Joe’s Final Bow…For Now
The Dukes Artistic Director, who was five when he first stepped into the Lancaster theatre, is stepping down from his leading role on January 6.
Over the past nine years, Joe Sumsion has steered The Dukes through some choppy waters but leaves it on an even keel and returns next summer as the freelance Director of the theatre’s walkabout production of Treasure Island.
After his first visit to The Dukes in 1973 to see a Christmas production, it was the park shows which lured Joe back in 1988 when he was Assistant Stage Manager on As You Like It and Alice Through The Looking Glass.
And in 1991, he crewed on the outdoor production of Treasure Island. “I’d just finished at Bristol University but didn’t get back for the degree ceremony because I was too busy digging a hole in the mud in The Dell,” Joe remembered.
But all that experience paid off when Joe became The Dukes Artistic Director in 2008 and the first play he directed was Beauty & The Beast in Williamson Park.
Since then, he has directed all but one of the walkabout productions for which The Dukes has become nationally famous and which won a UK Theatre Award for Best Show for Children and Young People in 2016.
It was the icing on the cake for someone who already knew he wanted to be a Director by the age of 19.
“And I always wanted to be Artistic Director of The Dukes,” said Joe who was born and raised in Kendal.
“I had an affinity with it through my involvement with the park shows and it was very exciting to become the Director of Lancashire’s leading cultural centre, a building based producing company with three spaces which also included a cinema.”
Joe took over at a challenging time as funding cuts had hit hard, leading to low staff morale but with the help of those staff he soon developed an artistic policy and recruited Associate Artists to bring in new ideas.
“A big part of what you can do here is to help people achieve their creative ambitions and I’m really proud of that.”
He also encouraged the wider community to make suggestions and get involved.
“What’s great about Lancaster is that you can make change quite quickly,” said Joe who chaired the newly formed Lancaster Arts Partnership for three years.
And one of the quickest changes to happen when Joe arrived was the opening of a refurbished studio, renamed The Round, which enabled that space and The Rake to be used at the same time.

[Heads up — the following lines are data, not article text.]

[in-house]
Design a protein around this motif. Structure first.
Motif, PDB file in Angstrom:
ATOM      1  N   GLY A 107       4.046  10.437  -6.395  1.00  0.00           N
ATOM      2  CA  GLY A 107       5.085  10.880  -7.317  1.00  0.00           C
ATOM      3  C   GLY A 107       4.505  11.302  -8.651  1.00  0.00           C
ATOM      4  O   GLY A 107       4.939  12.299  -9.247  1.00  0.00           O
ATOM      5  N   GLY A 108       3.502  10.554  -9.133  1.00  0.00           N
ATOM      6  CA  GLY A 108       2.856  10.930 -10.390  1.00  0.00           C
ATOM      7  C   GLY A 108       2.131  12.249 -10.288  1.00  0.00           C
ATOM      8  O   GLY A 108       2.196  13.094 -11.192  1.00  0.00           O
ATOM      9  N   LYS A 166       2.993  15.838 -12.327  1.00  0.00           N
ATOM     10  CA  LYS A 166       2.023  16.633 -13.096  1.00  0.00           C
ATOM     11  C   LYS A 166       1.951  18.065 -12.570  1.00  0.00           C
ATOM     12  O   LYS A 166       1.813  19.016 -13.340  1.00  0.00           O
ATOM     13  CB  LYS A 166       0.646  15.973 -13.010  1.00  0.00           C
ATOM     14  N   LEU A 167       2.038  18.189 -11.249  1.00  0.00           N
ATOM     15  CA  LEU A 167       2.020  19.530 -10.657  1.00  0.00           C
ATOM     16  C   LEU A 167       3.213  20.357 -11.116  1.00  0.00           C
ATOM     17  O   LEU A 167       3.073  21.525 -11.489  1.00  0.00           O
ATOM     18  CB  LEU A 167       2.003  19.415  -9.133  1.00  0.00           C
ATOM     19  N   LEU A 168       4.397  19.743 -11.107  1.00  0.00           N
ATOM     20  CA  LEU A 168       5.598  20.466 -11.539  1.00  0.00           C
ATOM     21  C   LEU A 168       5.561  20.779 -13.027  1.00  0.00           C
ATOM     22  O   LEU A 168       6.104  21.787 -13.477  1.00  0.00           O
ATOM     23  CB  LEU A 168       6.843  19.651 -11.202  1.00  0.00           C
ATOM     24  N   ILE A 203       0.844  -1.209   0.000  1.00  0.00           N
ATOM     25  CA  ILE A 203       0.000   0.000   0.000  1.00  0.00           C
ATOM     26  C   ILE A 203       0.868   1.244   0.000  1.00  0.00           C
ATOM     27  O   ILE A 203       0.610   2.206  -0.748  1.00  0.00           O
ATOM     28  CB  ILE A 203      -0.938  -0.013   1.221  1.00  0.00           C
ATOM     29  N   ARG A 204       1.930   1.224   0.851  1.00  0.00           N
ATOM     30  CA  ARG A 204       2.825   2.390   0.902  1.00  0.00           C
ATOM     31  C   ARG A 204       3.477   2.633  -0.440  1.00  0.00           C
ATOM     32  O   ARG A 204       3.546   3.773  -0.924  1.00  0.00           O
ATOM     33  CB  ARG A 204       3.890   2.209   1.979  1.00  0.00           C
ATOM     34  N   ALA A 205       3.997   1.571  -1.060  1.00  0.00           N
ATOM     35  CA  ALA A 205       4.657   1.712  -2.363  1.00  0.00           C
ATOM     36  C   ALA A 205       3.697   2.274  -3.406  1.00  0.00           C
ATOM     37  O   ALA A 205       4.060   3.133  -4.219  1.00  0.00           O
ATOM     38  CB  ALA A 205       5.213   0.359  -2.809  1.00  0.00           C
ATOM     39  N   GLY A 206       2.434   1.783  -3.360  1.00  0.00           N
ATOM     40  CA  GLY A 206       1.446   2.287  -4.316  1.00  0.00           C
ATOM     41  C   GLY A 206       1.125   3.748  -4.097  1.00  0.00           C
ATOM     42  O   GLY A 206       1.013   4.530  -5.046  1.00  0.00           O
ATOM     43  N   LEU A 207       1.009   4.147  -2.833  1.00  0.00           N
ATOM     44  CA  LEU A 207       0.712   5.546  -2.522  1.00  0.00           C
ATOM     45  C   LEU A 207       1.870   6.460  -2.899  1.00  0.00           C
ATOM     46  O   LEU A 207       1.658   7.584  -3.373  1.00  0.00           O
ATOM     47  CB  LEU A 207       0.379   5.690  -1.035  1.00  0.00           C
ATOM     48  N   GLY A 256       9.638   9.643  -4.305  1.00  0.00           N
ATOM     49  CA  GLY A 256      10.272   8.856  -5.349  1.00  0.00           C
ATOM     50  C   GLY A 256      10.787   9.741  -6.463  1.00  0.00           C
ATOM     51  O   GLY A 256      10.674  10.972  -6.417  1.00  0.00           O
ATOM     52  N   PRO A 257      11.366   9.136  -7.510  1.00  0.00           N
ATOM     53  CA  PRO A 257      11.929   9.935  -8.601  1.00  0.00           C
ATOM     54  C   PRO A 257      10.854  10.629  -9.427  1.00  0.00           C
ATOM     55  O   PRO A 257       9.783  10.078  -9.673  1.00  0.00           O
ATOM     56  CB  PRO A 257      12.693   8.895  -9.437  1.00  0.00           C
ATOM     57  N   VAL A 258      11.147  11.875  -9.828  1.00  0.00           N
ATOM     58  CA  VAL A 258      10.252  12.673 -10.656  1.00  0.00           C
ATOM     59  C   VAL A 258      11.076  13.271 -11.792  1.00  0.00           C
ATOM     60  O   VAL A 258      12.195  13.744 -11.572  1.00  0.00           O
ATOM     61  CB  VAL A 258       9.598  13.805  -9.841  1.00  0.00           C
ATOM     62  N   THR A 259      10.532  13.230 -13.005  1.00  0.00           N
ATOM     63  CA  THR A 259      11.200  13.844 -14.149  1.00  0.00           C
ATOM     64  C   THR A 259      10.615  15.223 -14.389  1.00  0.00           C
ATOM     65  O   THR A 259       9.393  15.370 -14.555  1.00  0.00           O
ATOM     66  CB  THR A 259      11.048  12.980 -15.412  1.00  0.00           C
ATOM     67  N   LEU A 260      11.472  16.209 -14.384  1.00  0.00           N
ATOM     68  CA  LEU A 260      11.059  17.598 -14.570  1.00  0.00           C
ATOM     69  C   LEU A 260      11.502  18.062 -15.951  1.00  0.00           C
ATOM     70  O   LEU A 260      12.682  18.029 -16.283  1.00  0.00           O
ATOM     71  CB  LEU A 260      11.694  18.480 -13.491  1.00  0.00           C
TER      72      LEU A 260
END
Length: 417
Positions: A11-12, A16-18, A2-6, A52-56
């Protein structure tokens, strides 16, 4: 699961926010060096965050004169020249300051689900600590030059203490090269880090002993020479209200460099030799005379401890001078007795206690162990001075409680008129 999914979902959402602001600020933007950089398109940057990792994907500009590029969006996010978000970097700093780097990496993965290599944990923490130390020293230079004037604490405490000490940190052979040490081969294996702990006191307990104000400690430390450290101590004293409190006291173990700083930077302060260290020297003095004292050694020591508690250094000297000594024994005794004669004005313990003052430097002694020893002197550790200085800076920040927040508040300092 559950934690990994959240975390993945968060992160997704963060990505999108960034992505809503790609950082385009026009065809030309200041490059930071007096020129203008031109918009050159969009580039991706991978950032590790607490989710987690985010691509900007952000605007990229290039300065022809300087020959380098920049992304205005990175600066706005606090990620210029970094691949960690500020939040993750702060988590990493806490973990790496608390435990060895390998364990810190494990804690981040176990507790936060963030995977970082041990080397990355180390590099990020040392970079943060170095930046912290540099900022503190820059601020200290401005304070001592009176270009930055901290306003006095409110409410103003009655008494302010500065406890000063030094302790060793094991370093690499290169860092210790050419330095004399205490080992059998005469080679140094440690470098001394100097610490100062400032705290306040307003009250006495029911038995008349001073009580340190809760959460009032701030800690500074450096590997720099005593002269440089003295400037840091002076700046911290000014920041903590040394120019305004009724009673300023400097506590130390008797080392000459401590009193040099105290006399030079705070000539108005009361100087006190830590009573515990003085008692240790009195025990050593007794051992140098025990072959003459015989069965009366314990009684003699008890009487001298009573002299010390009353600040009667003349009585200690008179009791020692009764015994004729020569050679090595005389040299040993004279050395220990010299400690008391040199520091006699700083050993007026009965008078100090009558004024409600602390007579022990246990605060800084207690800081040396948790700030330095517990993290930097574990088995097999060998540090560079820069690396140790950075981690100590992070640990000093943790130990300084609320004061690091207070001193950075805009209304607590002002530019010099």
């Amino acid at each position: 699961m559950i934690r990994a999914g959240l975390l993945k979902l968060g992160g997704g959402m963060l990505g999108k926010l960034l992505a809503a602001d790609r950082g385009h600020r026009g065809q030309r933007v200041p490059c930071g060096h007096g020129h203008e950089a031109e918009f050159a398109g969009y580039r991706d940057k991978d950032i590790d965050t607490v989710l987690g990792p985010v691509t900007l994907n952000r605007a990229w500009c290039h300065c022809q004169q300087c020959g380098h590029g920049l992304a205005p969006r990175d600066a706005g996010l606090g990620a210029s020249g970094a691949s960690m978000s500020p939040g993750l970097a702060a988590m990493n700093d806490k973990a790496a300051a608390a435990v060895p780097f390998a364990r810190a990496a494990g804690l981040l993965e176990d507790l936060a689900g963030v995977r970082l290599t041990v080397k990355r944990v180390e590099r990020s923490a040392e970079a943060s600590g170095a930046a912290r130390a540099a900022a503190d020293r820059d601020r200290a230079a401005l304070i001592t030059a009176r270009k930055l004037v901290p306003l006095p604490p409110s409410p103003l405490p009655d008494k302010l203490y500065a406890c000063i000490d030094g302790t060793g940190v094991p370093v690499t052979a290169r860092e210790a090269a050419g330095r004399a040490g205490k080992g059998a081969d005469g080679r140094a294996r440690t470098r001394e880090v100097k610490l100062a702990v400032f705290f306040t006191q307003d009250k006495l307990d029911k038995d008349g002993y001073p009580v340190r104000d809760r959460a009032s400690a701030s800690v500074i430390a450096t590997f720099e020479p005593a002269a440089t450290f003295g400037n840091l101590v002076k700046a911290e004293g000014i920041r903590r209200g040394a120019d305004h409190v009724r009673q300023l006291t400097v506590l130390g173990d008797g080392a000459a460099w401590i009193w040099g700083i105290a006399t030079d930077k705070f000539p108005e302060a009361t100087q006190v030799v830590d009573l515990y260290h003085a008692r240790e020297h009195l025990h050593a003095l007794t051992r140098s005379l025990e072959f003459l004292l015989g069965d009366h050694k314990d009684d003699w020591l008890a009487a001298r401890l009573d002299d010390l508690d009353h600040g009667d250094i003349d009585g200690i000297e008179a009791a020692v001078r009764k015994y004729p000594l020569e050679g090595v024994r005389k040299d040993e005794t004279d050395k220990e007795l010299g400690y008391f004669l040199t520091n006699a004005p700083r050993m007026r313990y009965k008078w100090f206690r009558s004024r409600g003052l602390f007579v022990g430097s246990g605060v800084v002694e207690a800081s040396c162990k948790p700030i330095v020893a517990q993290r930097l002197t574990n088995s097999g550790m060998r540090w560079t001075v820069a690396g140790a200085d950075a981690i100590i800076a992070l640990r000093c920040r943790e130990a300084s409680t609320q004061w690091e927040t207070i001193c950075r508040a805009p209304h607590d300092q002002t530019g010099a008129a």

Most of the inhouse shows Joe has directed have been staged in The Round and it was his decision to move the Christmas productions there which has proved popular.
But it hasn’t all been plain sailing as in 2012 Joe had to take the ‘hideous’ decision to cancel the park show following further funding disappointments, which was the lowest point in his Dukes tenure.
However, five years on and The Dukes continues to thrive with annual attendance up from 82,000 to 140,000 since 2008 and the ratio of grants to earned income completely turned around. It also has more than 1200 Friends supporting the theatre along with a significant number of Patrons and Guardians.
The Dukes now runs projects of national significance such as A Life More Ordinary, its pioneering scheme for people with dementia, and has developed a Cultural Partnership with Lancaster University. It also takes a lead role in producing Light Up Lancaster every November working closely with Lancaster City Council and Lancaster Arts Partners.
But after nine years at the helm, Joe is moving on to become a Lecturer in Acting at the University of Central Lancashire and a freelance Director and it’s The Dukes own productions which will remain most memorable for him, especially last summer’s The Hobbit and A Christmas Carol in 2013.
Joe’s commitment to new writing, including such productions as Quicksand, by Zosia Wand, also led to some standout moments and a Writers Guild of Great Britain Olwen Wymark Theatre Encouragement Award.
But his favourite highlight has to be the time he saw Vicky Flynn wrestling Jonny Phere in The Round during a production by The Dukes Shattering Images company for young people with learning difficulties.
“When Vicky first came to The Dukes she was quiet and reserved yet three years later, there she was taking centrestage in an original play inspired by her own life. It was brilliant.”